The dispute is over government plans to change public sector pensions in line with suggestions in the Hutton report. At the moment, public sector workers receive ‘final-salary scheme’ figures in proportion to the highest final salary in the years before they retire, based on how many years they worked in their profession.  Teachers receive 1/80th of their final pensionable salary for each year they work.[9] This will be scrapped and replaced by a career average based pension, a higher rate of pension contribution, and a later retirement age. Teachers and all public sector workers are being asked to pay more into their pensions, for longer, whilst receiving less in the end.

The general secretary of the ATL, Mary Bousted, surmised the changes saying: “For the average member [the changes] will be £1,500 a year in increased pension contributions. At a time of a two-year pay freeze, its a 3% cut, which has nothing to do with the health of the scheme. It’s a tax on pensions to pay for the deficit.”[10]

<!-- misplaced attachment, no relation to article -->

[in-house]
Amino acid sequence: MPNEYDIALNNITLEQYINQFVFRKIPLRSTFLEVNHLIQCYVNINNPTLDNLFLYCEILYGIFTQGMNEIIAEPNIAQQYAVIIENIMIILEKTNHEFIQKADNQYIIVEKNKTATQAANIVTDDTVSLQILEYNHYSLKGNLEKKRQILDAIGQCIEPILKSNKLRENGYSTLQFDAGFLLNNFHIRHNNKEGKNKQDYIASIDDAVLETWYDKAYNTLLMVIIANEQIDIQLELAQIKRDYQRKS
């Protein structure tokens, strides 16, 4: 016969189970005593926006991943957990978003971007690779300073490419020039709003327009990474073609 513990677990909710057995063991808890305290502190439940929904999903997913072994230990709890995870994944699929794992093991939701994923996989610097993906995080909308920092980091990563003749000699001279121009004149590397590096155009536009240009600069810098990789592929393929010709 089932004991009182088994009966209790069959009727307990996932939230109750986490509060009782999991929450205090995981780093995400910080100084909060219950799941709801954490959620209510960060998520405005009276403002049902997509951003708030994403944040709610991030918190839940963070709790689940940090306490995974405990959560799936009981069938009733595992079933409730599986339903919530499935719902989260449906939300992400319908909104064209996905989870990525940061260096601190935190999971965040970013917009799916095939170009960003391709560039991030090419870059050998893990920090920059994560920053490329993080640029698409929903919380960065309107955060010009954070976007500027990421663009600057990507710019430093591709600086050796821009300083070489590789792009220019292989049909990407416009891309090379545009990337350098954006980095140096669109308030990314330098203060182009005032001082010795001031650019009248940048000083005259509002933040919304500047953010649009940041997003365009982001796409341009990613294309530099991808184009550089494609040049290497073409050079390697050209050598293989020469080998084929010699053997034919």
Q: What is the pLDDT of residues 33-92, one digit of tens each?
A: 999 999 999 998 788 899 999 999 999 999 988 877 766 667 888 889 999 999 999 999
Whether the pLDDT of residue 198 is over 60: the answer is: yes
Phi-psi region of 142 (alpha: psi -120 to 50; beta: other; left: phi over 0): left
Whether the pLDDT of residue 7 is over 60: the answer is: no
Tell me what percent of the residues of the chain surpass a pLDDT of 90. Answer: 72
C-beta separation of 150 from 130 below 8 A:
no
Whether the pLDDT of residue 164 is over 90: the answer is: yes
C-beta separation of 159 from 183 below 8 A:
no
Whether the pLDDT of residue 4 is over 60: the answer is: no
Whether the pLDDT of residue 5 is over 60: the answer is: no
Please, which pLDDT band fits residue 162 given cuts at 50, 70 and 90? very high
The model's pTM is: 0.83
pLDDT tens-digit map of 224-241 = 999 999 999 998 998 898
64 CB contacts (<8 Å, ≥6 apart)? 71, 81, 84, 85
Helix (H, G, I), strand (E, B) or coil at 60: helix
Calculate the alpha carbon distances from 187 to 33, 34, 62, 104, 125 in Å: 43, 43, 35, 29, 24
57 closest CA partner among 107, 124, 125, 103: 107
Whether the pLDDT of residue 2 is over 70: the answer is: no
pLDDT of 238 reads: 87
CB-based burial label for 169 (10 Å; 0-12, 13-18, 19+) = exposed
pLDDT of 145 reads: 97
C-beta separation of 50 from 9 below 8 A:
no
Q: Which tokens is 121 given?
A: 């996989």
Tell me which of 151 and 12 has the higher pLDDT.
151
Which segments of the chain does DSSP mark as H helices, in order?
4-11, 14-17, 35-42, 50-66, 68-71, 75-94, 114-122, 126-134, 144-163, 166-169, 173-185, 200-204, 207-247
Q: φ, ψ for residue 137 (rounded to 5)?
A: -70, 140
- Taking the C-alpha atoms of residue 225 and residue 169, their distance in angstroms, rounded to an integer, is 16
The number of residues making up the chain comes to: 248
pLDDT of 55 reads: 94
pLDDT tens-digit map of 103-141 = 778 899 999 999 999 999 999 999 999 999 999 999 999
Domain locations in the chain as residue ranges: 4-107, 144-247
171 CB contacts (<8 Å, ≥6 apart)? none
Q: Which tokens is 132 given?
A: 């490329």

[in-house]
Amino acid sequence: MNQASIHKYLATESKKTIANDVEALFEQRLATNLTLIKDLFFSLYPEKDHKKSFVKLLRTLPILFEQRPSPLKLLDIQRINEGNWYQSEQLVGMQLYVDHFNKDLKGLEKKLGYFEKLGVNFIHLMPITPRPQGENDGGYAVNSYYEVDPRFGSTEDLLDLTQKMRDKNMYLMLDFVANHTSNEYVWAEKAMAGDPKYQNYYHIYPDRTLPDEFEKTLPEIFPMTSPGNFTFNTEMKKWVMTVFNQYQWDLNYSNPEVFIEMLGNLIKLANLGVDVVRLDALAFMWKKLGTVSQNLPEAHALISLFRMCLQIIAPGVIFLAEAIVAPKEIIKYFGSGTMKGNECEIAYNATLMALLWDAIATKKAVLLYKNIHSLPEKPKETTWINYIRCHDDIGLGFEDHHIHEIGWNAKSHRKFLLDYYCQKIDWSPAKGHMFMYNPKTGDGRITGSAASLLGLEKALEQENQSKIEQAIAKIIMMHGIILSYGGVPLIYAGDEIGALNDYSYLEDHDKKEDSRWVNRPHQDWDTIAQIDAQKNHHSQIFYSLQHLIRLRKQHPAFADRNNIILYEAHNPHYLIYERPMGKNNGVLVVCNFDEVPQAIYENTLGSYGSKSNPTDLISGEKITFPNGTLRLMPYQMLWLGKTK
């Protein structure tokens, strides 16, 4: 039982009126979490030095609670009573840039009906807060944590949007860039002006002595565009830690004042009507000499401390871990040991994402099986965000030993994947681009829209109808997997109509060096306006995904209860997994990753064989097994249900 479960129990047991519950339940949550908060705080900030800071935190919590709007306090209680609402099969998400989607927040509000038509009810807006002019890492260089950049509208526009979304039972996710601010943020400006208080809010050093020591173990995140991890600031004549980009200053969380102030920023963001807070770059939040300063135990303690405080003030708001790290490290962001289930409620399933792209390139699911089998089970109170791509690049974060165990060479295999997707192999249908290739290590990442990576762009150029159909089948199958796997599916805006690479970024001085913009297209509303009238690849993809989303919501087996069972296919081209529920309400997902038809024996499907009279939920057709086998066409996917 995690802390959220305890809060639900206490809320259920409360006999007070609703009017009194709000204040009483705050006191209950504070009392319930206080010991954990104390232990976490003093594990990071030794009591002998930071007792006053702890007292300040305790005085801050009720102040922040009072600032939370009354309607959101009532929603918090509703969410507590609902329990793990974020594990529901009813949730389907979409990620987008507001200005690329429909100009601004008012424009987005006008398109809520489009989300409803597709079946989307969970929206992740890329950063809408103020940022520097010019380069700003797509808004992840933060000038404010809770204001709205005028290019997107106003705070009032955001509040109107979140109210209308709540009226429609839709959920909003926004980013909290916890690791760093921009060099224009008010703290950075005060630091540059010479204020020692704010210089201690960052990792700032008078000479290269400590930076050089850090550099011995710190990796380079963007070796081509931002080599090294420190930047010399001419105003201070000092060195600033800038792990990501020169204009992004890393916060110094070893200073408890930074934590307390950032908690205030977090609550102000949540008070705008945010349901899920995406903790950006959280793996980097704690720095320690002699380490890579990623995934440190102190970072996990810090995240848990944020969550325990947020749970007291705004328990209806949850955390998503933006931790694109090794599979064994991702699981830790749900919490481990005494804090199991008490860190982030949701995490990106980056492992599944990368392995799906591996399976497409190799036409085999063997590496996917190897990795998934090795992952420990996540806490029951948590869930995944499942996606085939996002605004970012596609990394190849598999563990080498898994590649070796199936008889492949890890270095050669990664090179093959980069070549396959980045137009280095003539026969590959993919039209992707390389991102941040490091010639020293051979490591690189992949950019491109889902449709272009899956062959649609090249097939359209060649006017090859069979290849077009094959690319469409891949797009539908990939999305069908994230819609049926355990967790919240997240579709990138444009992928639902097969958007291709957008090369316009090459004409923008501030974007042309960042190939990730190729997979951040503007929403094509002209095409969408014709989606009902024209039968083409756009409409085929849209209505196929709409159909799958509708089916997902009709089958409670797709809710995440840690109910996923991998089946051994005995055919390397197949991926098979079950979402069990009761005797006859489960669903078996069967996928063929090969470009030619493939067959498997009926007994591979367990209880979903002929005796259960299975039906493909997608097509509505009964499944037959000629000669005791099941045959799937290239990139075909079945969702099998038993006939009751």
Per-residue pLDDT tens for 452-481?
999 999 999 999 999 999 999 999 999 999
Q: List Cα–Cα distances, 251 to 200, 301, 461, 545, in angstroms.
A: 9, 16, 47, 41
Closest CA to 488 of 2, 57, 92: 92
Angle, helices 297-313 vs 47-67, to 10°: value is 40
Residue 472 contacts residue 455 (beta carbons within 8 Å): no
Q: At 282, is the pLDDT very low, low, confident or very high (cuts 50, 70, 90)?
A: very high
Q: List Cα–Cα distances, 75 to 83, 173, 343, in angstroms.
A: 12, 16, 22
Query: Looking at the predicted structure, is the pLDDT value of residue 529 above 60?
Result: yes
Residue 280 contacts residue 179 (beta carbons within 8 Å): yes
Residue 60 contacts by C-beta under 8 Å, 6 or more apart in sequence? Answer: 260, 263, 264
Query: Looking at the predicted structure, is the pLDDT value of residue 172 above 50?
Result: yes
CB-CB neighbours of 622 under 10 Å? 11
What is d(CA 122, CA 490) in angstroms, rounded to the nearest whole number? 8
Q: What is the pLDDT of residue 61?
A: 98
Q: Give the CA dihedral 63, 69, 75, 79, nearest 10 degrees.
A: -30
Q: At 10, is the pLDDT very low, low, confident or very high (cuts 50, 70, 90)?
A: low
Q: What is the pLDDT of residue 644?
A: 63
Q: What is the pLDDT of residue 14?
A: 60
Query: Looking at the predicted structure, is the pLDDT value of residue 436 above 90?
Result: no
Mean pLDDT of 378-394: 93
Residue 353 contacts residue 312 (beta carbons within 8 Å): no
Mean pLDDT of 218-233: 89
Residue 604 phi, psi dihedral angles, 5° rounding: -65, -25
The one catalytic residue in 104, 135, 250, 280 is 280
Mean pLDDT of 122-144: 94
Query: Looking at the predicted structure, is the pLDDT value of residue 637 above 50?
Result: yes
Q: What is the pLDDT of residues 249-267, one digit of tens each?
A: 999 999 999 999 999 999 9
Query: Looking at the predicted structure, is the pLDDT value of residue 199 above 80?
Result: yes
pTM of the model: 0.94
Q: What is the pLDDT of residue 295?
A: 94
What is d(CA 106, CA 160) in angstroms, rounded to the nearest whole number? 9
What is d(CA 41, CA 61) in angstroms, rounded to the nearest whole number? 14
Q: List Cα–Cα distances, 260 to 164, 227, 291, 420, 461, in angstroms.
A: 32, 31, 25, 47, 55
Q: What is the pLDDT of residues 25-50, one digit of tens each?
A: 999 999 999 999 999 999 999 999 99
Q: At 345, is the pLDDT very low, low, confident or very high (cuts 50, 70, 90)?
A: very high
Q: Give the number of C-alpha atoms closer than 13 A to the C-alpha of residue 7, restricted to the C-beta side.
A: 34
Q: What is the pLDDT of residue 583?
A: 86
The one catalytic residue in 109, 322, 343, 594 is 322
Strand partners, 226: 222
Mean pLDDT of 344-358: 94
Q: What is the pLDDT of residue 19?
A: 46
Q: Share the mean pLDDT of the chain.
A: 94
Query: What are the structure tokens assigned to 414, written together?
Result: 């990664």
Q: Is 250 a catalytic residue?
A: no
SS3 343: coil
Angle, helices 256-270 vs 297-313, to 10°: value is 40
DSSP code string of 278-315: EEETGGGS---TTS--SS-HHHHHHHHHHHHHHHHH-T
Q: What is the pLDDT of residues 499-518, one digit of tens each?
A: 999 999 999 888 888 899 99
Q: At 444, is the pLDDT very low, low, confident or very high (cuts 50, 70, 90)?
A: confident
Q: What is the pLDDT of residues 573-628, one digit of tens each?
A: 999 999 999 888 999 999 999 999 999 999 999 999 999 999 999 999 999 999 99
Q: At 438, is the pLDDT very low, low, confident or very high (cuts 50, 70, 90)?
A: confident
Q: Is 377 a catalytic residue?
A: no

This seems to be a point of view Caroline Lucas, leader of the Green Party, supports saying: “We know that public sector pensions are affordable – this is really about piling the UK’s debt burden onto the people who did the least to create it.”[11]

However, this accusation may not be completely fair; the government says the cost of paying for teachers’ pensions is forecast to rise from around £5bn in 2005 to almost £10bn by 2015 as more staff retire and life expectancy increases.[12]  However, the accuracy of their projections has been called into question, as has the accuracy of PCS counter projections.